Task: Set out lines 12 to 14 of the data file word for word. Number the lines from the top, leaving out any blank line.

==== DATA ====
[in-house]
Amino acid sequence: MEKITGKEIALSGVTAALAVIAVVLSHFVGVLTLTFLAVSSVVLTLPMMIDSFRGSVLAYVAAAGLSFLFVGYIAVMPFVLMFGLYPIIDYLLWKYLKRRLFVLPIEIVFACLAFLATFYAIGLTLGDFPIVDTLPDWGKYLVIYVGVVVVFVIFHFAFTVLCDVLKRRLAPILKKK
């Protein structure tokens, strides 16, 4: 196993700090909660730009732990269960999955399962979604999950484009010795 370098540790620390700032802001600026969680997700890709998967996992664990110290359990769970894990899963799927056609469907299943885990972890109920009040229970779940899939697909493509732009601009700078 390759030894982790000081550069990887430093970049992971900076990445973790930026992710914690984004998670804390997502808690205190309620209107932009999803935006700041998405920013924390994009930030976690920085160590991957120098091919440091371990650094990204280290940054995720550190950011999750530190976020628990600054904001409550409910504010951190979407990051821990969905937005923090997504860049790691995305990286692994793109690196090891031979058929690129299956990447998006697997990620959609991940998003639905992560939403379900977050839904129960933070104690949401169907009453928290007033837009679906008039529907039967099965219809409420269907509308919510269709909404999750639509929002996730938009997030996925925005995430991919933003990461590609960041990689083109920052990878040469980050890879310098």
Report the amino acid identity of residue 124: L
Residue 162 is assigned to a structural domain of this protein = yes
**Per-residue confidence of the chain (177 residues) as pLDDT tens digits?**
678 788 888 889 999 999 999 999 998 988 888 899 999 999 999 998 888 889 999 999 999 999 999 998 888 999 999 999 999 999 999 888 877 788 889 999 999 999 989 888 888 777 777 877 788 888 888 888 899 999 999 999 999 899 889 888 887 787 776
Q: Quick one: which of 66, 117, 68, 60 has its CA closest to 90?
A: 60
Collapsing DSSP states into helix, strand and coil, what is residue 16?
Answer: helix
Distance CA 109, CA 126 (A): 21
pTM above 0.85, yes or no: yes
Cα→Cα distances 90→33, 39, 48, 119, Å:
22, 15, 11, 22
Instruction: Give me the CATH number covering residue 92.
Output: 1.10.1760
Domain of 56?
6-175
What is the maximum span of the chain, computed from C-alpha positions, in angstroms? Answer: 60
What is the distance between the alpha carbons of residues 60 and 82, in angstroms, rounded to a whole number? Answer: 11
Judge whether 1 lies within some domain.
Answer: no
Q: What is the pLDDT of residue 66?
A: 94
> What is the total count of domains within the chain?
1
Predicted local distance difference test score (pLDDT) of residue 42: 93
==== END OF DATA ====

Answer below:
Distance CA 109, CA 126 (A): 21
pTM above 0.85, yes or no: yes
Cα→Cα distances 90→33, 39, 48, 119, Å: